It is regarded by many as one of the greatest games of all time on any system. It has inspired countless sequels, spin-offs, and imitators. It helped create and define an entire sub-genre of video games…
…and it has sat on my shelf of shame for roughly 20 years.
For most Nintendo fans, this game requires no introduction. Released on the Super Famicom/Super Nintendo Entertainment System in 1994, it is the third entry in Gunpei Yokoi’s acclaimed Metroid series, following Metroid on the Famicom/NES and Metroid II: The Return of Samus on the Game Boy. In many ways, it is a reimagining of the first game, taking place on the same planet with the same enemies, bosses, and areas, and even a few of the same secrets. But Super Metroid is bigger and better in almost every way.
Starting with basic fundamentals, the controls are almost perfect. Though figuring out the differences between the straight jump and the spin jump take some practice, and I never got the hang of the wall jump, everything else is intuitive and responsive. The shoulder buttons are put to good use, allowing you to shoot diagonally either up or down, even while moving. The default button layout is a little wonky at first, with Ⓐ to jump and Ⓧ to shoot, but fortunately that’s all customizable. I highly recommend the standard Mario controls: Ⓑ to jump, Ⓨ to shoot, and dash designated to Ⓐ, but you may find your own preference.
If you don’t know the story of Metroid, the opening cutscenes will introduce you, and bring you up to speed on the events of the first two games. After that, you’re pretty much on your own. Storytelling is light, with the only major plot events happening in the last few minutes of the game. Everything else is simply exploration and combat. “Levels”, for lack of a better term, are open ended. You can go anywhere your abilities will take you. If there is a place you can see but not reach, rest assured you will find an item in your journeys that will make it available to you later. Most enemies are simply obstacles, quickly dispatched or easily bypassed. Some are specifically placed to let you restock necessary items, or allow passage to an otherwise unattainable area. Most are just there to distract you and give you something to shoot as you navigate.
And that’s how you explore the Space Pirates’ hideout on the planet Zebes. Bosses and mini-bosses are scattered throughout the facility, which must be found and destroyed in order to unlock the final area. Items to aid you in your quest are found in key areas, or as rewards for beating certain bosses/mini-bosses, or are sometimes completely hidden. It’s up to you to explore every grid of the map for secrets.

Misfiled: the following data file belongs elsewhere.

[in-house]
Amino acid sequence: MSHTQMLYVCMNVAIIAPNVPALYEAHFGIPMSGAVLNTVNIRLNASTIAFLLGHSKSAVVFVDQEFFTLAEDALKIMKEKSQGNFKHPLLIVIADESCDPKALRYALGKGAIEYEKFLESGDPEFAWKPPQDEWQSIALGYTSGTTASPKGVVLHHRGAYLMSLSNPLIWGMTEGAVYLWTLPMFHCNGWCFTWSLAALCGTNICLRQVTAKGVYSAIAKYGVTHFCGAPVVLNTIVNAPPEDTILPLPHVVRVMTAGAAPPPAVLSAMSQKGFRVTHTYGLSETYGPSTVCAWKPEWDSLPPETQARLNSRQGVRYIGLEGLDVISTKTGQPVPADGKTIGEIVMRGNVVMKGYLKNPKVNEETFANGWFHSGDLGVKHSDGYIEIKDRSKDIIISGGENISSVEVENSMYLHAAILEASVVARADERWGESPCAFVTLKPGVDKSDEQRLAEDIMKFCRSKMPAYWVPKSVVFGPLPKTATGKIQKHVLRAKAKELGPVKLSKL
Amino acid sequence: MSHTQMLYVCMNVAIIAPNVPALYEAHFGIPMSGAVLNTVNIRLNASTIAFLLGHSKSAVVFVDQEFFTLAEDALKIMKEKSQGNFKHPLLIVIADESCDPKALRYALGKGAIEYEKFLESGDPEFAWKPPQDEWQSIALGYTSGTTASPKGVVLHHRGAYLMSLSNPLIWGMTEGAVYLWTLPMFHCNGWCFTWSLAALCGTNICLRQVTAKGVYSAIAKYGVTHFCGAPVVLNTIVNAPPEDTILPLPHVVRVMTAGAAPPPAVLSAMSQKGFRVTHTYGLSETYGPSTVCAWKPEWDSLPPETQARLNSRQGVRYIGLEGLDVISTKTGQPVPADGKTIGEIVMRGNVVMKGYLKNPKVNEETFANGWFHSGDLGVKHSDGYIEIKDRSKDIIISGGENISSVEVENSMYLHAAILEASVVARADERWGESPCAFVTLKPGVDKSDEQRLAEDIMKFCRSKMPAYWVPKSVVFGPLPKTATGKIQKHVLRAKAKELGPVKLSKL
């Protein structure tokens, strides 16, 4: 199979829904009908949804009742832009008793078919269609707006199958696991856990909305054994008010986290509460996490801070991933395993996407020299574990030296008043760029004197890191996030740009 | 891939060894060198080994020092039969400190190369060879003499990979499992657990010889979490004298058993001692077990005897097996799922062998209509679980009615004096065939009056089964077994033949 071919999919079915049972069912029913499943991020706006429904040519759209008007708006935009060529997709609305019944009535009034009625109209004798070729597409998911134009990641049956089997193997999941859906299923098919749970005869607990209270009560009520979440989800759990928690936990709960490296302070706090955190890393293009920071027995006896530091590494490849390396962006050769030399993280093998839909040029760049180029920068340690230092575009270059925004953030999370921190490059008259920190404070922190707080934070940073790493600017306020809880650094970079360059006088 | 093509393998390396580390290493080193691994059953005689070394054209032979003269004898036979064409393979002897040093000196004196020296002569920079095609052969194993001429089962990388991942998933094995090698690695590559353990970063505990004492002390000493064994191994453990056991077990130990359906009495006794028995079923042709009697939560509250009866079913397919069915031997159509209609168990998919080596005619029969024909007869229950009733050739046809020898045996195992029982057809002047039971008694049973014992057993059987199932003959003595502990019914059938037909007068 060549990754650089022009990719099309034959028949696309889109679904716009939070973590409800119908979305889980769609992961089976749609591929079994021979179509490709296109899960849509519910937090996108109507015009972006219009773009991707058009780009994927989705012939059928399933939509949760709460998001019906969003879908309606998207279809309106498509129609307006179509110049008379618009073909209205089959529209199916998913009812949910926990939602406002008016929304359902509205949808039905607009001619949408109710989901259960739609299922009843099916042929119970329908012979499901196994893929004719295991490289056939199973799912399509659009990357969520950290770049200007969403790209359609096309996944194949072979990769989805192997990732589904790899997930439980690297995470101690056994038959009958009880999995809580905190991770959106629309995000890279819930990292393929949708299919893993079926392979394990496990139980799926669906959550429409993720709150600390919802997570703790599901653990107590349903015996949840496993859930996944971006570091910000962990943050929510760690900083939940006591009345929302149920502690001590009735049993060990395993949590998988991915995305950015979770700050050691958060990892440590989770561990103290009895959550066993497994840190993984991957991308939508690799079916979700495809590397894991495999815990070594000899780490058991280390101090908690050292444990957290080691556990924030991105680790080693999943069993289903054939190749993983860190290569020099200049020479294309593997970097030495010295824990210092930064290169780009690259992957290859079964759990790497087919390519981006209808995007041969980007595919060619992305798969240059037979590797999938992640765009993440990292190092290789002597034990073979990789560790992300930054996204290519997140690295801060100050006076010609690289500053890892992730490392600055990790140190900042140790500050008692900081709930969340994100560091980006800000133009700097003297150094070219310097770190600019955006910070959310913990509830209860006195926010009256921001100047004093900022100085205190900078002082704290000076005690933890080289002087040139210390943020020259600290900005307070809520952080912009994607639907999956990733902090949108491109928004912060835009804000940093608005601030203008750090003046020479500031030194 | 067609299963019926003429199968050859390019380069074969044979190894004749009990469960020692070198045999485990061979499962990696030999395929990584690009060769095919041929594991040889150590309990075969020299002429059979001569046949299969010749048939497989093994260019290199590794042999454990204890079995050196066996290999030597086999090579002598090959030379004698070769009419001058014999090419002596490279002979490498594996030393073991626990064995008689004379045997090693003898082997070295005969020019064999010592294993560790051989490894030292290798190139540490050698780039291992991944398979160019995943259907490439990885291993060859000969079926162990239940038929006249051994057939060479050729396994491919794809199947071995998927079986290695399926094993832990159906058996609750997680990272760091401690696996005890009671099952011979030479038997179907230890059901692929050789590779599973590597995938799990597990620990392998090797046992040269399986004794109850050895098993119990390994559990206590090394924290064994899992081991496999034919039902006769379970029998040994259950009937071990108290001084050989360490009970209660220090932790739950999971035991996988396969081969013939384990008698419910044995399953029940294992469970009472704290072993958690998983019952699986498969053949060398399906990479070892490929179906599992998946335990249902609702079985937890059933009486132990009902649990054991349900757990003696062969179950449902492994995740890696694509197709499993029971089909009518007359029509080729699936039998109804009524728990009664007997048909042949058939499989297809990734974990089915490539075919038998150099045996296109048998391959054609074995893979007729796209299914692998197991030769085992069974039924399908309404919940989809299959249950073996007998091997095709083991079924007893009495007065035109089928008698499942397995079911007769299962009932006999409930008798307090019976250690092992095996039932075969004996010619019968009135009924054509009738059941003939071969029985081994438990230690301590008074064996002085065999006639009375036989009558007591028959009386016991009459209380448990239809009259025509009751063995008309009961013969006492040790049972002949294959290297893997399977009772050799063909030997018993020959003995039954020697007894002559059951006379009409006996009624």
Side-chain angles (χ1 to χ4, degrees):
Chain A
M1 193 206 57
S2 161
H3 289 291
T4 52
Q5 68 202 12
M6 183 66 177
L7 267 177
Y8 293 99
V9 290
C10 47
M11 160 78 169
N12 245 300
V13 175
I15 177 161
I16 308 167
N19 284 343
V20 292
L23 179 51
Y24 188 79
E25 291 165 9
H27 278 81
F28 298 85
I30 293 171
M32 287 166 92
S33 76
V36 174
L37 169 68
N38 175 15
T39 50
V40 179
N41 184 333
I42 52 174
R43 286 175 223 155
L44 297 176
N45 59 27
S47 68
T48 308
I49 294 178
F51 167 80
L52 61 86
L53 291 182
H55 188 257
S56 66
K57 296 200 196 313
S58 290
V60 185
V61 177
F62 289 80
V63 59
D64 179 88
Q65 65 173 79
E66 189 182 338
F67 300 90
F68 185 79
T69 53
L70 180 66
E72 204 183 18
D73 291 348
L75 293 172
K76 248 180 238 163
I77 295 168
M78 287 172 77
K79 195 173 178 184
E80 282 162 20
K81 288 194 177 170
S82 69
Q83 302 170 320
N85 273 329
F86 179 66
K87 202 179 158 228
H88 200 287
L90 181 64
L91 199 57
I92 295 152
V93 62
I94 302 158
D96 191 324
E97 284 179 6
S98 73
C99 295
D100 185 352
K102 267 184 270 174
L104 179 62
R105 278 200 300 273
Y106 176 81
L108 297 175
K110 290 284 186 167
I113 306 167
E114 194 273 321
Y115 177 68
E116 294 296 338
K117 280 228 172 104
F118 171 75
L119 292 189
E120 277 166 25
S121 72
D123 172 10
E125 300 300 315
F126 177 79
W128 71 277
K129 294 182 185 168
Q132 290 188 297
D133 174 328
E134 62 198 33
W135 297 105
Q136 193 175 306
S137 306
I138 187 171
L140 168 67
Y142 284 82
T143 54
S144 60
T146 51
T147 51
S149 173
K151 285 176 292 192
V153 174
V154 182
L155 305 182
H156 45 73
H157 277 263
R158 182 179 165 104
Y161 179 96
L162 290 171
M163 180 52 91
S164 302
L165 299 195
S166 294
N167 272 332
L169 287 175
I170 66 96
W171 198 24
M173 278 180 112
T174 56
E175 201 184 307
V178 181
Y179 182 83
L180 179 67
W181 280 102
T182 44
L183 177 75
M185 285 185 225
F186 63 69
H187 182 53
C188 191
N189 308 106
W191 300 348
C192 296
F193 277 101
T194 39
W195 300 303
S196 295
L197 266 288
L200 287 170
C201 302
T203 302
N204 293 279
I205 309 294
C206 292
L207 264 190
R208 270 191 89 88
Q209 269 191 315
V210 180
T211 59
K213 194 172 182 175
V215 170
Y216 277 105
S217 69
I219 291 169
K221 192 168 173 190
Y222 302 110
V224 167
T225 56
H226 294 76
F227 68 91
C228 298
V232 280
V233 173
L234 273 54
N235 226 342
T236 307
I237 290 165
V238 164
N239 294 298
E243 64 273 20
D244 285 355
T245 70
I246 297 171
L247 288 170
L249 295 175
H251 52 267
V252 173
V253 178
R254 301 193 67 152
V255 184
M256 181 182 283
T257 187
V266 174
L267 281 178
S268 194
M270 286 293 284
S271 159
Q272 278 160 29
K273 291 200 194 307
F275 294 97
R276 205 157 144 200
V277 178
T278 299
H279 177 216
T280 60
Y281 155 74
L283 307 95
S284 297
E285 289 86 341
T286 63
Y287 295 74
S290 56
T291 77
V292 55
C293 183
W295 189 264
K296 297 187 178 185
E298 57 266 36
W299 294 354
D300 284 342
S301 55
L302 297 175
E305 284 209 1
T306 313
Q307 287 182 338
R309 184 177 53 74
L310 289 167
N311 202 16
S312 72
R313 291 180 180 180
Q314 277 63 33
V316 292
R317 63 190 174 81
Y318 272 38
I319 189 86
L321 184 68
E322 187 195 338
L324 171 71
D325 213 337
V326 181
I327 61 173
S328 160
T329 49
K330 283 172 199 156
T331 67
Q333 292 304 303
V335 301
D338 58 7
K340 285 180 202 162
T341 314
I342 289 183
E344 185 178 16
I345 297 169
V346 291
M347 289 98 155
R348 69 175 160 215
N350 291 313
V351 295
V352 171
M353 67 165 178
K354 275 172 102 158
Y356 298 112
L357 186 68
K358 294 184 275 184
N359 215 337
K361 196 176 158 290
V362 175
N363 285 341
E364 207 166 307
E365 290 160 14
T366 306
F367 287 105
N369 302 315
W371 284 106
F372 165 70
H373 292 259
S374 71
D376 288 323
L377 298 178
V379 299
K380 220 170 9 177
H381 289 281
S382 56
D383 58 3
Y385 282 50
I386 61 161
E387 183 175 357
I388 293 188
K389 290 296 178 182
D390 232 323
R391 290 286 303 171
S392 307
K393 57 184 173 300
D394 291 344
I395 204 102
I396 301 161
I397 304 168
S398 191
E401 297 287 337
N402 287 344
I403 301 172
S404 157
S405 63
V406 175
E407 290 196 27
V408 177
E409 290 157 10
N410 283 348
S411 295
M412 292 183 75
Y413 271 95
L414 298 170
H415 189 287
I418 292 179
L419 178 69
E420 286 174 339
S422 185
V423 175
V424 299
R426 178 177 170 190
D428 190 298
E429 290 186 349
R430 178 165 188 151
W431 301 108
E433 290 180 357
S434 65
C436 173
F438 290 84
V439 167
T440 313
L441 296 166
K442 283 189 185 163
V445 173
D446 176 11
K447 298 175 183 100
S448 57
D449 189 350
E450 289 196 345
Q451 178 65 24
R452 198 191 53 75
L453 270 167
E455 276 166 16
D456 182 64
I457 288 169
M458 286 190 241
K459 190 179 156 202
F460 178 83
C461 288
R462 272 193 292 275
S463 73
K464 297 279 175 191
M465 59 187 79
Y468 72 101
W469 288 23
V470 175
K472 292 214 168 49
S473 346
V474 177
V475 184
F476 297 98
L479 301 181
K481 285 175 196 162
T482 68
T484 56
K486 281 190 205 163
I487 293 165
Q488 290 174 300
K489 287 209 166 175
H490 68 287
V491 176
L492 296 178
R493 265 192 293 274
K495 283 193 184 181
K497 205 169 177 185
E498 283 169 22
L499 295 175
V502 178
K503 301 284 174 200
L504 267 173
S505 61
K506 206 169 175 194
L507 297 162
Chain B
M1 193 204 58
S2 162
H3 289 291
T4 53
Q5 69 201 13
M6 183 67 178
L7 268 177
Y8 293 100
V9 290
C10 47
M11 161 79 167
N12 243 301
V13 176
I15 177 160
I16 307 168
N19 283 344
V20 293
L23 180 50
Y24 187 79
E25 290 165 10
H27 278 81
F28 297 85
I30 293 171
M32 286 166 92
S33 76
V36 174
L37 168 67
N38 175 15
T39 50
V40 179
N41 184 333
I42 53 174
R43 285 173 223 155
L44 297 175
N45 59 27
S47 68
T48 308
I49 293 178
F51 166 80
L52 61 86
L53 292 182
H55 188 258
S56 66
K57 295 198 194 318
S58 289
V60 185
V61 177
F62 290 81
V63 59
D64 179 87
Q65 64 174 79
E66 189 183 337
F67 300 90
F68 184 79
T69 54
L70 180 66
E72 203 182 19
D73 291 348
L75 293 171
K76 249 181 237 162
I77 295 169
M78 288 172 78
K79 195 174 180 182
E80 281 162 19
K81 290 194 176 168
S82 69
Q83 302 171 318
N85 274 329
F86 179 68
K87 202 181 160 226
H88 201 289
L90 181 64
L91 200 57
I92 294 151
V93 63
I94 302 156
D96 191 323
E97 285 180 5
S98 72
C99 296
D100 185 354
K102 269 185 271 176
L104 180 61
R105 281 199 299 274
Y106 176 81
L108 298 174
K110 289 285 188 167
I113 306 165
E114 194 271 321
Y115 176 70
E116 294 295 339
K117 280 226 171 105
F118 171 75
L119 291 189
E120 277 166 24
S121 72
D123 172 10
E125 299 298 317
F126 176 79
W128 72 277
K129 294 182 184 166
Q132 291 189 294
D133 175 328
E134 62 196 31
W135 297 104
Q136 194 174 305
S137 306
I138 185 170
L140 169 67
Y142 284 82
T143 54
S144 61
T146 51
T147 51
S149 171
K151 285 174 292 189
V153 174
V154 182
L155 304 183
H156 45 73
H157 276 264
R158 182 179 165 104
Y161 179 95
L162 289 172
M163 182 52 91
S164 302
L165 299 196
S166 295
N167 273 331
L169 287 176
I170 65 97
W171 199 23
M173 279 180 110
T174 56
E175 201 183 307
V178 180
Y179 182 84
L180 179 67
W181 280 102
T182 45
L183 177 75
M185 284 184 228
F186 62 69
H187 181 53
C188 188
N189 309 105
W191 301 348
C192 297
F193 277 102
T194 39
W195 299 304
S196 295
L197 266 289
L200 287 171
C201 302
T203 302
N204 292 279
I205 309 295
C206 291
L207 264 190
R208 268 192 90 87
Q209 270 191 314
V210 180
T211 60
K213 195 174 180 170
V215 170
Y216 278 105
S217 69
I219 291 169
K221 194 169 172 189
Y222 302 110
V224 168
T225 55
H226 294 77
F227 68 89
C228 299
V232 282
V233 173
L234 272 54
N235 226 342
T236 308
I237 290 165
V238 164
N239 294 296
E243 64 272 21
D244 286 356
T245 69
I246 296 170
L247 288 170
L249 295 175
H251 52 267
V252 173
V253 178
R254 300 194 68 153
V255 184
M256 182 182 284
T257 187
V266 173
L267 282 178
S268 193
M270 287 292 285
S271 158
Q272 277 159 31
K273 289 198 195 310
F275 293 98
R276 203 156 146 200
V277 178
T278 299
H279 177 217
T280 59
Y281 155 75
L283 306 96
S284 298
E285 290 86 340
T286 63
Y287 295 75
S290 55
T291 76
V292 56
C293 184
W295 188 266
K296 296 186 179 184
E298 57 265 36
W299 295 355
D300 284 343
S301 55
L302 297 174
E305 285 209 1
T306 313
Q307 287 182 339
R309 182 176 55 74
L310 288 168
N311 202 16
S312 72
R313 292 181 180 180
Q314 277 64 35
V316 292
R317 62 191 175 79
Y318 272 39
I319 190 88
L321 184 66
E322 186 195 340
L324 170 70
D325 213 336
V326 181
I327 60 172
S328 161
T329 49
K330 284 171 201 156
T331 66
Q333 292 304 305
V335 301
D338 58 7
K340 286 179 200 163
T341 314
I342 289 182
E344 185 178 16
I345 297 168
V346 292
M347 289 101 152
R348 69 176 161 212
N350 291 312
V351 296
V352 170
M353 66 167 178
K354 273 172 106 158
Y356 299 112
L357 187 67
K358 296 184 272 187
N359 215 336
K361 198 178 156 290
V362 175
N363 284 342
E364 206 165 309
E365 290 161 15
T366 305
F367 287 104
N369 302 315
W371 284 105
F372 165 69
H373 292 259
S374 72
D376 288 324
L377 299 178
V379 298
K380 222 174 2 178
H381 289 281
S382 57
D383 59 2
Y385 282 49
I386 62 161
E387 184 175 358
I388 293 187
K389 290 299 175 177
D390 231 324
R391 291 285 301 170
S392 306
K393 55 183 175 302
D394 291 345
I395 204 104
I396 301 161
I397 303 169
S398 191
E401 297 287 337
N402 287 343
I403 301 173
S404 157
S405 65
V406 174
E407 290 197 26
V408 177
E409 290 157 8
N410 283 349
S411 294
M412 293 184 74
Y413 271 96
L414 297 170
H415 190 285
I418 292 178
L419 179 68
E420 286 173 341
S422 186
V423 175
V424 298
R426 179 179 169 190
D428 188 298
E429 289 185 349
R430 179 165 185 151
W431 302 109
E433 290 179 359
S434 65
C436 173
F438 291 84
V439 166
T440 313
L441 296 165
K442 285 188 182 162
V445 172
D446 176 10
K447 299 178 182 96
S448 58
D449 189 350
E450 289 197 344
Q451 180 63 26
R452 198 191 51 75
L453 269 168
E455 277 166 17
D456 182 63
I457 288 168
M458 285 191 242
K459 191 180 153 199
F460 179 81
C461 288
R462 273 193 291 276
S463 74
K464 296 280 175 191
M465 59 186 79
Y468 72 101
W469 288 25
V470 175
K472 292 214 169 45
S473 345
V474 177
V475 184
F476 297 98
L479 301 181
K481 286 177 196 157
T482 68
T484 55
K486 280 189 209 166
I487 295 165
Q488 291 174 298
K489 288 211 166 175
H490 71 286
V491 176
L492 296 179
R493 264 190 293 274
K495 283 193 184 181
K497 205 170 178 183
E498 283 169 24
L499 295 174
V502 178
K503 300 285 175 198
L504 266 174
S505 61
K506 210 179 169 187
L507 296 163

This is where the game does not age well. Every Metroid game since this one has vaguely guided you on your way, showing you where you have to go next, but not how to get there. Still, they give you some idea as to whether you’re even headed in the right direction. Super Metroid does not do that. If you want to know where you’re supposed to be at any point in the game, you’d better either consult an online walkthrough (which wouldn’t have existed back then), or hope to make a lucky guess and arrive at your destination with sufficient supplies. During the last half or so of my play through, I regularly visited SNESmaps.com. Without them, I never would have found the boss of Maridia.
What I found most amazing was the attention to detail. For a game that runs at 256×224 (the standard resolution of a Super Nintendo game), every color and movement is totally engaging. Environments begin as warm and familiar, then turn to dark and mysterious, then fiery and intimidating, then finally strange and scary. Everything from the enemies, to the backgrounds, to Samus herself has a lifelike range of motion. Let Samus stand for a while and you will see her breathing. The flora and fauna of Brinstar pulsates with natural activity. The surface of Zebes is under a constant rainstorm. (Remember when rain in a video game was impressive, kids?) Combine all of these elements with the equally immersive music and sound effects, and you have a side-scrolling platform game that is as cinematic as any modern first-person shooter today.
Although many of the trappings of old-school games can make the experience frustrating at times, modern conveniences like online maps and save states make this game exponentially more playable for casual gamers discovering this classic for the first time on a Wii U or New 3DS. All things considered, this is a must-play game from a bygone era, and its influence on modern games is undeniable.